Sleep Overs, Romance Novels, Peer Influence and Bible Translations: 4 Moms Q & A

There is so much I want to post about, but I find so little time to sit down and spend in front of the computer. So today, I’m just going to jump in and answer some reader questions from my email inbox and from the 4 Mom’s Facebook page.

Gencie asks, “What Bible translation do you use: for personal reading, for study, for reading to the kids?”

Our family has a handful of translations that we will use. The New American Standard Version, the King James Version, the New King James Version, the Geneva Bible and the English Standard Version.

We don’t have a particular version that we use for a particular task.

One note about the ESV: adult topics are generally translated in much plainer language than the other versions that we use.

For example Genesis 38:9:

King James Version -

Onan knew that the seed should not be his; and it came to pass, when he went in unto his brother’s wife, that he spilled it on the ground, lest that he should give seed to his brother.

English Standard Version -

But Onan knew that the offspring would not be his. So whenever he went in to his brother’s wife he would waste the semen on the ground, so as not to give offspring to his brother.

Shannon wondered about, “Hotels with large families!”

We don’t do them. We just can’t afford it.

The kids at Niagra Falls, Canada Back Row: Sadie (9), Kaitlin (15), Matthew (14), Amber (16), Carter (11), Bella (3), Colby (6), Alyssa (12) Front Row: Savannah (8), Nicholas (5)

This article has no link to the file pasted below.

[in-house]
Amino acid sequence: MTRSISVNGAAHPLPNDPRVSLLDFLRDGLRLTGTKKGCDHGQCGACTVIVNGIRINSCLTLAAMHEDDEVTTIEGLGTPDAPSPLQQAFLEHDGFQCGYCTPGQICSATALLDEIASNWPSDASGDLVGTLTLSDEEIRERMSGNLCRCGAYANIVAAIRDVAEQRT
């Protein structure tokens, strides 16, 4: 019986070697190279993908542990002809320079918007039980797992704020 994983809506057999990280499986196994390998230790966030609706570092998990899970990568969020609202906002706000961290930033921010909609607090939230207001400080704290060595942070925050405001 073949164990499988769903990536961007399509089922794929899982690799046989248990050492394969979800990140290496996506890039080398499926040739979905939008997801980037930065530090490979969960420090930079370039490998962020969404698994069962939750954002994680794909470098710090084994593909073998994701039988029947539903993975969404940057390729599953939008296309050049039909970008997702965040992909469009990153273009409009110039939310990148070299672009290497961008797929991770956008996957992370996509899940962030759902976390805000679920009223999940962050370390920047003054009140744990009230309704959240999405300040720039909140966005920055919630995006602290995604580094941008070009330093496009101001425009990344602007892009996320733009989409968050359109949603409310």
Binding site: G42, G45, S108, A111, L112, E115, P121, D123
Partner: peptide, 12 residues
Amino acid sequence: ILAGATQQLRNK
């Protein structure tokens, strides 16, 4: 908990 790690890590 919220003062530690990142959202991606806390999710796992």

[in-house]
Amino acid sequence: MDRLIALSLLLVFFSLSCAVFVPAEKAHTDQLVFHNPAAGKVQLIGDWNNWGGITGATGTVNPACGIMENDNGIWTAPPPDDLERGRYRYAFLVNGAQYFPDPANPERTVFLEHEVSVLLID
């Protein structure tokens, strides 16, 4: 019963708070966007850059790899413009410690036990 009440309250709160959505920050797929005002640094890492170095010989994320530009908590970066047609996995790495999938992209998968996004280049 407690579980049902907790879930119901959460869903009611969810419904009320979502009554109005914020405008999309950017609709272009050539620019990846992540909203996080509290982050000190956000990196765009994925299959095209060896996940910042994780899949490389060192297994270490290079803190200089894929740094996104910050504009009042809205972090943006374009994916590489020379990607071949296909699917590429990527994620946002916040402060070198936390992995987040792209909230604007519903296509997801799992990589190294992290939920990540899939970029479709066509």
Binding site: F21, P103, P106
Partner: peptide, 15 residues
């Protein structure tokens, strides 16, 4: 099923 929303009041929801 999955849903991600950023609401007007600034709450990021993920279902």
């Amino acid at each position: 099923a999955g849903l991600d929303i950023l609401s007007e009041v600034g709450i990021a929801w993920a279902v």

The kids at Niagra Falls, Canada (we camped, instead of opting for a hotel)

Back  a little more than 10 years ago (the last time we stayed in a hotel), no one asked how many people would be staying in a room. At that time with 6 or so small children, we rented one room and squeezed everyone in, no problem.

Then some legislation was passed in regard to fire codes or something and now all hotels have a maximum number of people they will allow per room. We simply can’t afford to pay for 3 hotel rooms and so we don’t stay in hotels. Instead we choose to tent camp, rent a house or stay in a bed and breakfast as all of these options are less expensive for our family than staying in a hotel.

Carrie wanted to know about “sibling bickering”.

I’ve talked a lot about this topic:

Have any other big families changed your thinking on things and if so, how?

Camping Brackney Horton Canada

Story time around the campfire in Canada with two other large families (25 kids and 6 adults for those who are wondering)

Yes. We have been blessed to be part of a Christian community both here and back where we lived before we moved here, that is more like family than anything else. We work, play and live together (as a matter of fact we just spent a week tent camping in Canada with two other families from our community). We pray for and with each other. We discuss scripture, books and sermons and we learn and push each other all. the. time.

Bella (3) "Goin' on a lion hunt" camping in Canada

Bella (3) “Goin’ on a lion hunt” around the campfire in Canada

HOW have others changed our thinking? God has used this community/family consistently and relentlessly to help us to grow in Him. With all the discussion and interaction, it’s hard to give specifics because the influence has been far reaching. It reminds me of the multitude of Proverbs that speak of the importance of godly companions. We’ve been greatly blessed in this area.

Jenny asked two questions. “Do you allow your children to sleep over at friends’ homes?

We haven’t to this point.

This is not an absolute rule, but up to this point it hasn’t really come up. Most (all?) of our kids’ friends’ families have the same standards on spending the night that we do.

Depending upon the circumstances, we would consider it, but honestly, how much good comes from a group of 10 years olds talking all night long with no adult supervision?

Bella (3) with friend Eden (4) at Pepper Palace, Canada (Eden's family owns Pepper Palace Canada)

Bella (3) with friend Eden (4) at Pepper Palace, Canada (Eden’s family owns Pepper Palace Canada)